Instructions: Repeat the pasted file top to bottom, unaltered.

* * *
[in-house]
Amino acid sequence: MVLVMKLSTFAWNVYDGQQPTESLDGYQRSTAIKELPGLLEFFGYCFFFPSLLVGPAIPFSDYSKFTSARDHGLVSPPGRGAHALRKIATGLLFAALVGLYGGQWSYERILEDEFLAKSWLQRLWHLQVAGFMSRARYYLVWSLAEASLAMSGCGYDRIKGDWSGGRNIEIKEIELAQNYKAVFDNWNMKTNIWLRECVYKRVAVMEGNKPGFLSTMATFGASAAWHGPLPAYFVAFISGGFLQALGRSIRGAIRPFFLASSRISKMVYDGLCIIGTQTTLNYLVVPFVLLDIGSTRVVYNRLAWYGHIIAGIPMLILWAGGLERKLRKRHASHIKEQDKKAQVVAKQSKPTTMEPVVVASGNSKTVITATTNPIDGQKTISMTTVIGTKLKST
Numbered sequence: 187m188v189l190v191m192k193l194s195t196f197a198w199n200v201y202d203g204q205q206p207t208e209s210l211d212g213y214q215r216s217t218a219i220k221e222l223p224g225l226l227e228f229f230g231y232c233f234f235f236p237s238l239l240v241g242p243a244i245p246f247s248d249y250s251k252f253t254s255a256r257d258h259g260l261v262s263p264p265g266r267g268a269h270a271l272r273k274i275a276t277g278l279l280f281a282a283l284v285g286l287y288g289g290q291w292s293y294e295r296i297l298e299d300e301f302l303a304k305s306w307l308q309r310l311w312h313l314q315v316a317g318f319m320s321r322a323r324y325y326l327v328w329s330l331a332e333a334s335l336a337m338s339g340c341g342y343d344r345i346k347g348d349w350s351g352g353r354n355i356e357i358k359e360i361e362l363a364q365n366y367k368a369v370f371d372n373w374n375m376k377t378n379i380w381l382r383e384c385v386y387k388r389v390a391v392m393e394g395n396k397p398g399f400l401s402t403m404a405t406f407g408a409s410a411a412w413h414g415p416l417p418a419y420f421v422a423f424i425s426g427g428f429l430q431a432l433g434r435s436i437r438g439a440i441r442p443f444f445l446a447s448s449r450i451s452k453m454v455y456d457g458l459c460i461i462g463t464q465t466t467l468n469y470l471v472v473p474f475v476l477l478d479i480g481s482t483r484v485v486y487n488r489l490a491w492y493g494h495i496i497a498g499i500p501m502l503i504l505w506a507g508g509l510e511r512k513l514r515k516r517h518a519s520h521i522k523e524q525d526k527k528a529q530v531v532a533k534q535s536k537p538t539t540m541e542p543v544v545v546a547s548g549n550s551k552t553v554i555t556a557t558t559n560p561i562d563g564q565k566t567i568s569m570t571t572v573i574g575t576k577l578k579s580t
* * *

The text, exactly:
[in-house]
Amino acid sequence: MVLVMKLSTFAWNVYDGQQPTESLDGYQRSTAIKELPGLLEFFGYCFFFPSLLVGPAIPFSDYSKFTSARDHGLVSPPGRGAHALRKIATGLLFAALVGLYGGQWSYERILEDEFLAKSWLQRLWHLQVAGFMSRARYYLVWSLAEASLAMSGCGYDRIKGDWSGGRNIEIKEIELAQNYKAVFDNWNMKTNIWLRECVYKRVAVMEGNKPGFLSTMATFGASAAWHGPLPAYFVAFISGGFLQALGRSIRGAIRPFFLASSRISKMVYDGLCIIGTQTTLNYLVVPFVLLDIGSTRVVYNRLAWYGHIIAGIPMLILWAGGLERKLRKRHASHIKEQDKKAQVVAKQSKPTTMEPVVVASGNSKTVITATTNPIDGQKTISMTTVIGTKLKST
Numbered sequence: 187m188v189l190v191m192k193l194s195t196f197a198w199n200v201y202d203g204q205q206p207t208e209s210l211d212g213y214q215r216s217t218a219i220k221e222l223p224g225l226l227e228f229f230g231y232c233f234f235f236p237s238l239l240v241g242p243a244i245p246f247s248d249y250s251k252f253t254s255a256r257d258h259g260l261v262s263p264p265g266r267g268a269h270a271l272r273k274i275a276t277g278l279l280f281a282a283l284v285g286l287y288g289g290q291w292s293y294e295r296i297l298e299d300e301f302l303a304k305s306w307l308q309r310l311w312h313l314q315v316a317g318f319m320s321r322a323r324y325y326l327v328w329s330l331a332e333a334s335l336a337m338s339g340c341g342y343d344r345i346k347g348d349w350s351g352g353r354n355i356e357i358k359e360i361e362l363a364q365n366y367k368a369v370f371d372n373w374n375m376k377t378n379i380w381l382r383e384c385v386y387k388r389v390a391v392m393e394g395n396k397p398g399f400l401s402t403m404a405t406f407g408a409s410a411a412w413h414g415p416l417p418a419y420f421v422a423f424i425s426g427g428f429l430q431a432l433g434r435s436i437r438g439a440i441r442p443f444f445l446a447s448s449r450i451s452k453m454v455y456d457g458l459c460i461i462g463t464q465t466t467l468n469y470l471v472v473p474f475v476l477l478d479i480g481s482t483r484v485v486y487n488r489l490a491w492y493g494h495i496i497a498g499i500p501m502l503i504l505w506a507g508g509l510e511r512k513l514r515k516r517h518a519s520h521i522k523e524q525d526k527k528a529q530v531v532a533k534q535s536k537p538t539t540m541e542p543v544v545v546a547s548g549n550s551k552t553v554i555t556a557t558t559n560p561i562d563g564q565k566t567i568s569m570t571t572v573i574g575t576k577l578k579s580t